The contracts of carriage for other airlines have similar clauses. Each uses different criteria to decide who gets bumped from a flight if they cannot find enough volunteers, but nothing can stop them from doing it.
While declining to comment specifically on United’s handling of this situation or any one company’s policy for involuntary rebooking, an airline industry trade group emphasized that such instances are extremely rare.
“U.S. airlines are committed to offering the highest levels of customer service and have long supported passenger rights,” said Kathy Grannis Allen of Airlines for America in a statement Tuesday. “Passenger removal from an aircraft is an extremely rare occurrence and airlines work to ensure that they accommodate all customers in any event of an involuntarily denied boarding. In fact, less than 1 (0.62) person out of 10,000 were involuntarily denied boarding in 2016 - the best ever recorded by the Department of Transportation.”
Advocates for passengers and air travel experts contend that it should never happen at all, but they acknowledge various factors have made overbooking a fact of life.
“The airlines are in a unique position in that, because of the mergers, there’s very little competition,” said Paul Hudson, president of FlyersRights.org, a non-profit organization devoted to protecting airline passengers.
Over the last decade, the number of major domestic airlines in the U.S. has been cut in half by mergers and takeovers. This has compounded some of the negative consequences of the Airline Deregulation Act of 1978, which exempted airlines from many state, local, and federal consumer protection laws.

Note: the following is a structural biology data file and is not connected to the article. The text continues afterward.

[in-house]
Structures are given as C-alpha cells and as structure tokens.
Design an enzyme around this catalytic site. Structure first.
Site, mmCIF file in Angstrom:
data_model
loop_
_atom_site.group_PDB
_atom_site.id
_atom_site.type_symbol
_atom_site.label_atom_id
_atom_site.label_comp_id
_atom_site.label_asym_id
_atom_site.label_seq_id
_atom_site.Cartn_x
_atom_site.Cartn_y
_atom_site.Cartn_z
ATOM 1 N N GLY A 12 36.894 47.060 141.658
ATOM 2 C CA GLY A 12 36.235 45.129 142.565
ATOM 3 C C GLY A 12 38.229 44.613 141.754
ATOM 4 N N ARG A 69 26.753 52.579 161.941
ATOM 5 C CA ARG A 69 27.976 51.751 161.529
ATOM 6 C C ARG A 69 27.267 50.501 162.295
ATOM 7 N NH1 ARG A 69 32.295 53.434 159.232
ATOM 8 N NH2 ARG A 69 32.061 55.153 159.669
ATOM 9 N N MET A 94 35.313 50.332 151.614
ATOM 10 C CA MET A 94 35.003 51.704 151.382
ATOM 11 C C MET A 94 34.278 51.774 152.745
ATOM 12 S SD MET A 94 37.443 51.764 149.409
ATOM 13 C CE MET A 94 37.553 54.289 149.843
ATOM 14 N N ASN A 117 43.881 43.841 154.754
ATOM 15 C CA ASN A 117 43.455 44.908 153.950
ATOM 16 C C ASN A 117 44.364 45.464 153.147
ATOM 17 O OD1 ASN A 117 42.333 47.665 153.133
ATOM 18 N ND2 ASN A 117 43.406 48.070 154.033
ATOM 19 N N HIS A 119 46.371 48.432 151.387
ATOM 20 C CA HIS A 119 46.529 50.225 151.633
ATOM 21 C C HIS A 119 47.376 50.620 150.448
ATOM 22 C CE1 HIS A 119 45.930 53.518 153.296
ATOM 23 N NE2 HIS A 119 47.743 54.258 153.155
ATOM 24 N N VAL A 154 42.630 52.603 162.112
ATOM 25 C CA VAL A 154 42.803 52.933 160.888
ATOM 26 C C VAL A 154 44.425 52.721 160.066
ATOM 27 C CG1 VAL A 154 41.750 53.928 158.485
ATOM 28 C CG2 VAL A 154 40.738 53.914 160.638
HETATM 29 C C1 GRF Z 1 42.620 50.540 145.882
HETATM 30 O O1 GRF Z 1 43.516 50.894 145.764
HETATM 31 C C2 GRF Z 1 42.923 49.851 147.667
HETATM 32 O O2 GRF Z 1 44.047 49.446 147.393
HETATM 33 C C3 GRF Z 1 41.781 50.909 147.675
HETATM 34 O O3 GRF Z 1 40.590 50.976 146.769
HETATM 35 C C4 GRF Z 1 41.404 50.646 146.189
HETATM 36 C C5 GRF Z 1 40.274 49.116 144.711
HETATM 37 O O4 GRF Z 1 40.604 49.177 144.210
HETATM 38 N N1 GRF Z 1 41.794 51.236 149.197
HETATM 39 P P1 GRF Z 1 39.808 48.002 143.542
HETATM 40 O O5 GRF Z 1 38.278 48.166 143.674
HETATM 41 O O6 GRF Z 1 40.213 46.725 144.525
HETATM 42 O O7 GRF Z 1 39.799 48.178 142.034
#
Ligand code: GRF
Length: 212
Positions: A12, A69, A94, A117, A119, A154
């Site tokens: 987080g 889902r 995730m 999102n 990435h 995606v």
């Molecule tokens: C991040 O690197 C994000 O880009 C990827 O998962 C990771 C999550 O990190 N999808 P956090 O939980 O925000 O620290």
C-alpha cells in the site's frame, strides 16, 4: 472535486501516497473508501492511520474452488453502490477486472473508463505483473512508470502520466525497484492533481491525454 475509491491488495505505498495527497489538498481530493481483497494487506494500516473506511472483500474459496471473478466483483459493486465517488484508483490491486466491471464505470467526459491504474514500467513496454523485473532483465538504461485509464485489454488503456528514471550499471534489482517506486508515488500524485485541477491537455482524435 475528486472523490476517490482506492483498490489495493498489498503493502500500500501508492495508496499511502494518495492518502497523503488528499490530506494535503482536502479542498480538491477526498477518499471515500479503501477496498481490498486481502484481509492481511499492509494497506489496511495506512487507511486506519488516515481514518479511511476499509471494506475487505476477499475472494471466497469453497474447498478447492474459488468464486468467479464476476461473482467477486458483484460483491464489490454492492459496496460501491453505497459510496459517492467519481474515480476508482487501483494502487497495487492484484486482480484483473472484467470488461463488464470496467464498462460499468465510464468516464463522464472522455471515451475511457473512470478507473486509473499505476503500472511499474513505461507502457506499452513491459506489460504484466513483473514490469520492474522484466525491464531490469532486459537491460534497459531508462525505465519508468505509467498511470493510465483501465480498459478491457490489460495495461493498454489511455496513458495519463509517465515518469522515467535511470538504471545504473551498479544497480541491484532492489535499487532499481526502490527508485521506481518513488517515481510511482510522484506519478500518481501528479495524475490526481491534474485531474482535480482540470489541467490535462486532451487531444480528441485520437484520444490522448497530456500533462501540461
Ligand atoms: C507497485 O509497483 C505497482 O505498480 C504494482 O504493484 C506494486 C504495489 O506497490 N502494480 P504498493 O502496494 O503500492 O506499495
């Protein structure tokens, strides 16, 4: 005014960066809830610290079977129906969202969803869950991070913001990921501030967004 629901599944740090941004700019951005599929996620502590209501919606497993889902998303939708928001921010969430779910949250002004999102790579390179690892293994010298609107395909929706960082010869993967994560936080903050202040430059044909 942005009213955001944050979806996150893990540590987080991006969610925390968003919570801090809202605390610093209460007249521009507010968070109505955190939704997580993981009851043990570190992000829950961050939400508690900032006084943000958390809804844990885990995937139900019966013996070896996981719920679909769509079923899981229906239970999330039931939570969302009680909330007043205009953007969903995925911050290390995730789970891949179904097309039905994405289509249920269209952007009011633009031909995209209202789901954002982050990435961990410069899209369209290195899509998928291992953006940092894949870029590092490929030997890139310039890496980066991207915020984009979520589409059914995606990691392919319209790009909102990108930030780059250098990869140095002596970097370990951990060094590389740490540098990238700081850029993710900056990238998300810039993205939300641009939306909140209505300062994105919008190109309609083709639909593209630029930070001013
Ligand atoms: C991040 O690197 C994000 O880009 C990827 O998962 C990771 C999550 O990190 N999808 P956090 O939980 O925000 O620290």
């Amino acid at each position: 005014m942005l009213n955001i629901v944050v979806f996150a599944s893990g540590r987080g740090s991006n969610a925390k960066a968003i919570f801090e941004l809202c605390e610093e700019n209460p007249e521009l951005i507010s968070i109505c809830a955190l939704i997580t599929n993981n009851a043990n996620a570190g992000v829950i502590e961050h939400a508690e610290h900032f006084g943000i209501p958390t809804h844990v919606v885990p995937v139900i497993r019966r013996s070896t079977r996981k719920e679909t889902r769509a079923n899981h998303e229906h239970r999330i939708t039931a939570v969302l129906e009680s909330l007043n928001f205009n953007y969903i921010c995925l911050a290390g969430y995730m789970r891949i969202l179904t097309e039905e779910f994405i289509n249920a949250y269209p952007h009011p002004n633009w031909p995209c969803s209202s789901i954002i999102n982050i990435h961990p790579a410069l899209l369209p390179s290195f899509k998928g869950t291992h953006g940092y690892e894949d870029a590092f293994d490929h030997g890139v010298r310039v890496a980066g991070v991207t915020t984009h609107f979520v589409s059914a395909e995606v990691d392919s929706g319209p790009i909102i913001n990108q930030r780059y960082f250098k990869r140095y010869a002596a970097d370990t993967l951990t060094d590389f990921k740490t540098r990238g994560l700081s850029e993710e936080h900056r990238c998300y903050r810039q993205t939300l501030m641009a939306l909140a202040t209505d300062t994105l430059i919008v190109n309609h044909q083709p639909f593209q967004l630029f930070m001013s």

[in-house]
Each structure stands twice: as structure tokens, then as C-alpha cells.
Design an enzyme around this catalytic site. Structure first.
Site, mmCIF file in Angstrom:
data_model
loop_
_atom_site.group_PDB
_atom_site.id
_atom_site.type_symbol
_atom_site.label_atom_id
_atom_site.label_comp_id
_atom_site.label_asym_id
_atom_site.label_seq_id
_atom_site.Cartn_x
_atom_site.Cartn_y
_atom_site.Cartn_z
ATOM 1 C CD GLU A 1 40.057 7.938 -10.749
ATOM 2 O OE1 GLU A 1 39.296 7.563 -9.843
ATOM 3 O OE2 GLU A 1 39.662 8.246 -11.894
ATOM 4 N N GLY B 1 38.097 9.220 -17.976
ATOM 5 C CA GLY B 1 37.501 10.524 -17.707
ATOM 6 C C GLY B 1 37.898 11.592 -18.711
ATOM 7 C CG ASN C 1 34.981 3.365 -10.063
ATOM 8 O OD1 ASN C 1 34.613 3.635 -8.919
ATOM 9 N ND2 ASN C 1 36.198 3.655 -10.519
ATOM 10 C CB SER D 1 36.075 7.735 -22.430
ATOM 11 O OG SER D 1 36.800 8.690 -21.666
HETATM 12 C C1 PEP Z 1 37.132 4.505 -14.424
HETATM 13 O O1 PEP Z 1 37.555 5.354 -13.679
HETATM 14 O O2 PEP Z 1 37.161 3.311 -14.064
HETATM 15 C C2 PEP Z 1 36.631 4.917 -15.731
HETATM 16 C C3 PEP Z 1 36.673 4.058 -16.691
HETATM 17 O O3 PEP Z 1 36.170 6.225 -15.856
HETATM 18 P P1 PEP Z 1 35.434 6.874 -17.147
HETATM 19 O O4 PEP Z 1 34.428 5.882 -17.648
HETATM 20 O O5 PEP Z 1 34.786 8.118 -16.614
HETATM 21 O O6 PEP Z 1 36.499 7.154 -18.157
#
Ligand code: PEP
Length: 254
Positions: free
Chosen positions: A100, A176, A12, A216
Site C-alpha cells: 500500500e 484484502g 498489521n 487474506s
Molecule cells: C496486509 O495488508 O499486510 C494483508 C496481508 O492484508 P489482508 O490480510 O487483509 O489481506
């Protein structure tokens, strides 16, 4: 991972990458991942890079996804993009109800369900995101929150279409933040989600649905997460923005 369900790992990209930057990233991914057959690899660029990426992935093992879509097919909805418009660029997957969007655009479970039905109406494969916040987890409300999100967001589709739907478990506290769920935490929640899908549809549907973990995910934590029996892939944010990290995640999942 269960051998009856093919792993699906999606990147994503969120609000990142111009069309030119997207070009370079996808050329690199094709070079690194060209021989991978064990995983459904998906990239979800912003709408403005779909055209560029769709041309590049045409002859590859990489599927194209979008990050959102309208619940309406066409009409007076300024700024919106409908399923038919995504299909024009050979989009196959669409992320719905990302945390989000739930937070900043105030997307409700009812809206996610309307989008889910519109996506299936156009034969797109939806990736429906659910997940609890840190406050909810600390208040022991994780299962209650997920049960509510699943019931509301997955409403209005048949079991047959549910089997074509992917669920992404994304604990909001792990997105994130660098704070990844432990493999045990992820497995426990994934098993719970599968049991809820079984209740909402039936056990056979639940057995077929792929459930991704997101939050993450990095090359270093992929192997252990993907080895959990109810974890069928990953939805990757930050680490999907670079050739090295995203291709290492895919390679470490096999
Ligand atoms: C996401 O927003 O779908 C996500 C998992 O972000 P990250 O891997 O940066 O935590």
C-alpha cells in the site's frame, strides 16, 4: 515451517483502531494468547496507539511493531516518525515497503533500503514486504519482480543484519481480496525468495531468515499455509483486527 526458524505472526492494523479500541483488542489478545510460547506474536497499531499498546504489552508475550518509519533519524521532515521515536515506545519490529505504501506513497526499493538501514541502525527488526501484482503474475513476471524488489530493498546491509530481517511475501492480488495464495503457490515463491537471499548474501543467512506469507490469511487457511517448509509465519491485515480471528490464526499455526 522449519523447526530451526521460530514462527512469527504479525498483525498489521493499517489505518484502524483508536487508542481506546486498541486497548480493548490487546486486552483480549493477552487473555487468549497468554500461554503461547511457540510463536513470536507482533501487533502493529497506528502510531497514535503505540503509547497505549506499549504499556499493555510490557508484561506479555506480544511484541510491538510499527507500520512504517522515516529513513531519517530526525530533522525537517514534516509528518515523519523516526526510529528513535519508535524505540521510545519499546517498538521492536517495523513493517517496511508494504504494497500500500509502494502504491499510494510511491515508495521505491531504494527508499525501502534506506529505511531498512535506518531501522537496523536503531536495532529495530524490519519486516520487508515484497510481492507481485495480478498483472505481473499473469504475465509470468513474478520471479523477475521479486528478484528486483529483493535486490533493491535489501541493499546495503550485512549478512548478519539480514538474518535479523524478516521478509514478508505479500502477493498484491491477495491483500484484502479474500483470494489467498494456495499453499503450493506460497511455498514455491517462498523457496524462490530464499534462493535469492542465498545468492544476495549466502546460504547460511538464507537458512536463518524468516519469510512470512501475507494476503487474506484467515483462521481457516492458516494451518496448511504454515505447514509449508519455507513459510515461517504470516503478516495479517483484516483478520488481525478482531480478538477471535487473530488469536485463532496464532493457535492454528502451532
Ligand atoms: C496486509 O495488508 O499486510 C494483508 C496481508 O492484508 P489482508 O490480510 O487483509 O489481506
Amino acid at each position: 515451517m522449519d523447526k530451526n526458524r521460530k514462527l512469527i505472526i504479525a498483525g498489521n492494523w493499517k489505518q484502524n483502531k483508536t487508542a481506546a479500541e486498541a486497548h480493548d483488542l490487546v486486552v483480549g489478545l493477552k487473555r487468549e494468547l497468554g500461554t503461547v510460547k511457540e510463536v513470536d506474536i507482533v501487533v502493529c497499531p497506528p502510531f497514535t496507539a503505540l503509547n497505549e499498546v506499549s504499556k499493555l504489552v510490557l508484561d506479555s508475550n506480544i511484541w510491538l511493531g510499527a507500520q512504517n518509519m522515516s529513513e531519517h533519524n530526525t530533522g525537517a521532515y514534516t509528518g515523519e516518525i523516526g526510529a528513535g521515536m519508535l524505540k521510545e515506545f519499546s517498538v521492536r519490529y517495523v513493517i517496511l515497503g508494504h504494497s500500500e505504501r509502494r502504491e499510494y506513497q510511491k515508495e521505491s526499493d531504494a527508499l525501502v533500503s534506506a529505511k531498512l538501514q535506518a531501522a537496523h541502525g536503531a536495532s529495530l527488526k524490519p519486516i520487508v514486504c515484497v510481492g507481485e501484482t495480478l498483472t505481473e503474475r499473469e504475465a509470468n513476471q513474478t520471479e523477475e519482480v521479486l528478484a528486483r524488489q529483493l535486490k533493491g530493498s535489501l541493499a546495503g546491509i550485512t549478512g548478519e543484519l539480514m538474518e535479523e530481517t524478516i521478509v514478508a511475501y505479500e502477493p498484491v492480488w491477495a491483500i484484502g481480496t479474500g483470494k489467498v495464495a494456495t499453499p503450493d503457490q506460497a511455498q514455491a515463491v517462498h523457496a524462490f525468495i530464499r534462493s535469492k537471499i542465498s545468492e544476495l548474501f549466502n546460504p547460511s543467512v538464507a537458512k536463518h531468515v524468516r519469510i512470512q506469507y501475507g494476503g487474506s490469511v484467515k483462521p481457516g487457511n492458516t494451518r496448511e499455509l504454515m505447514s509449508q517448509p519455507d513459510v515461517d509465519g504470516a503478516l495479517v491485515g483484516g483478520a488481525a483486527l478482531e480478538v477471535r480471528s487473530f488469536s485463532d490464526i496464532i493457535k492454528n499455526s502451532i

Hudson observed that air travel had gotten faster, more convenient, and more comfortable in the decades before 1980, but the flight experience has stumbled in the opposite direction in recent years.
“Service really is at the bottom of the barrel,” he said. Because of this, U.S. airlines often trail far behind Asian and Middle Eastern carriers in customer ratings.
Airlines overbook passengers because their algorithms tell them to expect a certain number of no-shows for each flight based on numerous factors. However, Rick Seaney, CEO of FareCompare.com, called the practice of overbooking “an anachronism of the 1990s.”
“There’s no incentive to not show up anymore,” he said, pointing to the hundreds of dollars in penalties and fees airlines now charge for missing a flight and rebooking. As a result, the airlines are just attempting to “double dip” by getting another paying customer to fill the seat.
The United incident serves as a reminder of how precarious the position of air travel passengers often is. The Department of Transportation has instituted protections and mandated compensation for some mistreatment, but the overall lack of competition and regulation mean consumers have far fewer rights than they do in transactions with most other industries and businesses.